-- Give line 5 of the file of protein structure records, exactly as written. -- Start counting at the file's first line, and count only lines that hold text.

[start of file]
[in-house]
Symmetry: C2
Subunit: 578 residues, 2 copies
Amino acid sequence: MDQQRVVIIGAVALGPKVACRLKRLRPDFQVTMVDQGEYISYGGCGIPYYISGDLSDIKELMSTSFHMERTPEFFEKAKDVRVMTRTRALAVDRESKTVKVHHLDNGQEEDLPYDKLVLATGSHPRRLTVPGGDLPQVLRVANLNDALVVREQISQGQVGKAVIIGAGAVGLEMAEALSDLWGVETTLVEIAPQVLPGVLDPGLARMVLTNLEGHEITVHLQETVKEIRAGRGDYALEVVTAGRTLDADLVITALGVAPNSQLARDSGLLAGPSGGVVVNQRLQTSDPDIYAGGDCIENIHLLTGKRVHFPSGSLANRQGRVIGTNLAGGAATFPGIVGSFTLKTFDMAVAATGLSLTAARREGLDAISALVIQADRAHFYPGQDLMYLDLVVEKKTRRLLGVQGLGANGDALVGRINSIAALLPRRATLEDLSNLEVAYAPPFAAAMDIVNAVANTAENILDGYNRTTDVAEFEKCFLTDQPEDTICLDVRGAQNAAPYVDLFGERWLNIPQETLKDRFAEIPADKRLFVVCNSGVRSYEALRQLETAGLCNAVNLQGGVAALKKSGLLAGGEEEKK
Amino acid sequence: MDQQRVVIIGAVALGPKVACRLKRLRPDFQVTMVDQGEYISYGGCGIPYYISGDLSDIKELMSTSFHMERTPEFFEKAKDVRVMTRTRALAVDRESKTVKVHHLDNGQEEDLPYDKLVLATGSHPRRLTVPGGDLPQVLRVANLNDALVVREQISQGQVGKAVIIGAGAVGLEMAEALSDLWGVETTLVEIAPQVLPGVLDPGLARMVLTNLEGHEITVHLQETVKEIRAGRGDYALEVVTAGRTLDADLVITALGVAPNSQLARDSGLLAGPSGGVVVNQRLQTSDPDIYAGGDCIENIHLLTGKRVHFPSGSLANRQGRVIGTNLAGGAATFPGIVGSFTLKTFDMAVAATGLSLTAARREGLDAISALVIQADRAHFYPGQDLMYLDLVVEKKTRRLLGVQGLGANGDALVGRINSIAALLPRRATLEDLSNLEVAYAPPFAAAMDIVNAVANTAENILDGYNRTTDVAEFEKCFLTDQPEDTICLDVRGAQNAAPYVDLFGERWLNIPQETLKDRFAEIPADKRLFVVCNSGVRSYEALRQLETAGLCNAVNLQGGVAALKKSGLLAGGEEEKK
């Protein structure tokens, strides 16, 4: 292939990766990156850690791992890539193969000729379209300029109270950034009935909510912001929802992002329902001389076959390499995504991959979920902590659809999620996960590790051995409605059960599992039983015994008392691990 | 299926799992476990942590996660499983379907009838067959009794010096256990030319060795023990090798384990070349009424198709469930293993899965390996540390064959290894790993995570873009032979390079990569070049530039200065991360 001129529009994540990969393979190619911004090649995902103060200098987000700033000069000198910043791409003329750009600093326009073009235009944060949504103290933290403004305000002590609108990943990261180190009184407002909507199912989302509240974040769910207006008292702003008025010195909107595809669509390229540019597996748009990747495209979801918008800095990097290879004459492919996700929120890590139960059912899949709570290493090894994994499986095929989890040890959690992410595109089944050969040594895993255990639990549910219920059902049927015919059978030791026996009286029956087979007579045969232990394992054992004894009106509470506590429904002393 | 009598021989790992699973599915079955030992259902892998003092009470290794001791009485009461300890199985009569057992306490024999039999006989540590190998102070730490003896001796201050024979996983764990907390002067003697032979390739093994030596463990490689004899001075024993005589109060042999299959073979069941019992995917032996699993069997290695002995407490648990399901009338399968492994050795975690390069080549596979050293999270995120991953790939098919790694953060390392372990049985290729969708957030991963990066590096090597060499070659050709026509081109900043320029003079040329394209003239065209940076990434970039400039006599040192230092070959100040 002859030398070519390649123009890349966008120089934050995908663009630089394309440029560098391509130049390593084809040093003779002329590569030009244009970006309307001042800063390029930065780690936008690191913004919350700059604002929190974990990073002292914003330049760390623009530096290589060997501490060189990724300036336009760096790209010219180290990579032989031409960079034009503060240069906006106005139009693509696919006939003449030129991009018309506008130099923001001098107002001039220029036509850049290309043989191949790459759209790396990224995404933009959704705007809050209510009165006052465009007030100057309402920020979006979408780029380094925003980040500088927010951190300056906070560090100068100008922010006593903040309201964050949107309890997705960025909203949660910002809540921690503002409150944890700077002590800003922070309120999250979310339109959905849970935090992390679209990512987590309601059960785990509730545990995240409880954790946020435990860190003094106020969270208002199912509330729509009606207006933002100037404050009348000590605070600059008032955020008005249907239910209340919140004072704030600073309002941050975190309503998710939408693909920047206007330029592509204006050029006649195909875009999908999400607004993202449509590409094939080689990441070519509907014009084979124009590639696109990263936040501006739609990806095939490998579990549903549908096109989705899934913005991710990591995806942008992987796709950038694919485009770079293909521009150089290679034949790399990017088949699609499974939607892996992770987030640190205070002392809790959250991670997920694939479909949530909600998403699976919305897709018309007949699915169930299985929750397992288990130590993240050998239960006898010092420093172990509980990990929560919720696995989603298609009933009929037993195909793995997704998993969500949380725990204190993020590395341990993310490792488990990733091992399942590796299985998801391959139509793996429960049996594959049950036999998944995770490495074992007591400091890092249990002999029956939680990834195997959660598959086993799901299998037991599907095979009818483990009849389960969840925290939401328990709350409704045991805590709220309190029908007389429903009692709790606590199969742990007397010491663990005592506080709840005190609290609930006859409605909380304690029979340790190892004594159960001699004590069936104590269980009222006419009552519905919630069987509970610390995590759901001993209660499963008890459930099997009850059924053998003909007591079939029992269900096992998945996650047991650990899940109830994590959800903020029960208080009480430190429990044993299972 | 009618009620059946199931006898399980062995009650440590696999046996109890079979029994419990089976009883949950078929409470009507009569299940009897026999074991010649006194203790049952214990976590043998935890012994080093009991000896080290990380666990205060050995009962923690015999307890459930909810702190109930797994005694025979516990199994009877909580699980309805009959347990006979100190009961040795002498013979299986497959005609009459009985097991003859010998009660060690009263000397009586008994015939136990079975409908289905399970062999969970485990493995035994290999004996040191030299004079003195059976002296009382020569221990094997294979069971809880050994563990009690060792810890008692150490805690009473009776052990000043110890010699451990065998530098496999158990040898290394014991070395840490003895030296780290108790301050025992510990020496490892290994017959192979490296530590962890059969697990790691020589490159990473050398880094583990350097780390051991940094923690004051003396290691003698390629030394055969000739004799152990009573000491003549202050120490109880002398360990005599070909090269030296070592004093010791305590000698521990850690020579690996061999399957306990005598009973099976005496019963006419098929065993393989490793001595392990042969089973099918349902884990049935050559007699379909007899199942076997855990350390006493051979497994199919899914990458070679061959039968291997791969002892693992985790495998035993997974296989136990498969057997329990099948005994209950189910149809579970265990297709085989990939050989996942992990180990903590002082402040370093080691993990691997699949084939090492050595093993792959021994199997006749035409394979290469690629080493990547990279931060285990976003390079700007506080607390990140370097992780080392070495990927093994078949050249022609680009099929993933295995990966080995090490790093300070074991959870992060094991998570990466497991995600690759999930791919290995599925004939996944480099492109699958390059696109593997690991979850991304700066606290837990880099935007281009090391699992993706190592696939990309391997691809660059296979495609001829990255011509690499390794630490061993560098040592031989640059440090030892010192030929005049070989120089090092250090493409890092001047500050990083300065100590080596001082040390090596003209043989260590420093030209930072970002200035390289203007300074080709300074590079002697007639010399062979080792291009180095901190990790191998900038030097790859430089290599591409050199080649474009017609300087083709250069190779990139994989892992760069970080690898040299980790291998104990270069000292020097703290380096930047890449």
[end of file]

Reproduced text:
Amino acid sequence: MDQQRVVIIGAVALGPKVACRLKRLRPDFQVTMVDQGEYISYGGCGIPYYISGDLSDIKELMSTSFHMERTPEFFEKAKDVRVMTRTRALAVDRESKTVKVHHLDNGQEEDLPYDKLVLATGSHPRRLTVPGGDLPQVLRVANLNDALVVREQISQGQVGKAVIIGAGAVGLEMAEALSDLWGVETTLVEIAPQVLPGVLDPGLARMVLTNLEGHEITVHLQETVKEIRAGRGDYALEVVTAGRTLDADLVITALGVAPNSQLARDSGLLAGPSGGVVVNQRLQTSDPDIYAGGDCIENIHLLTGKRVHFPSGSLANRQGRVIGTNLAGGAATFPGIVGSFTLKTFDMAVAATGLSLTAARREGLDAISALVIQADRAHFYPGQDLMYLDLVVEKKTRRLLGVQGLGANGDALVGRINSIAALLPRRATLEDLSNLEVAYAPPFAAAMDIVNAVANTAENILDGYNRTTDVAEFEKCFLTDQPEDTICLDVRGAQNAAPYVDLFGERWLNIPQETLKDRFAEIPADKRLFVVCNSGVRSYEALRQLETAGLCNAVNLQGGVAALKKSGLLAGGEEEKK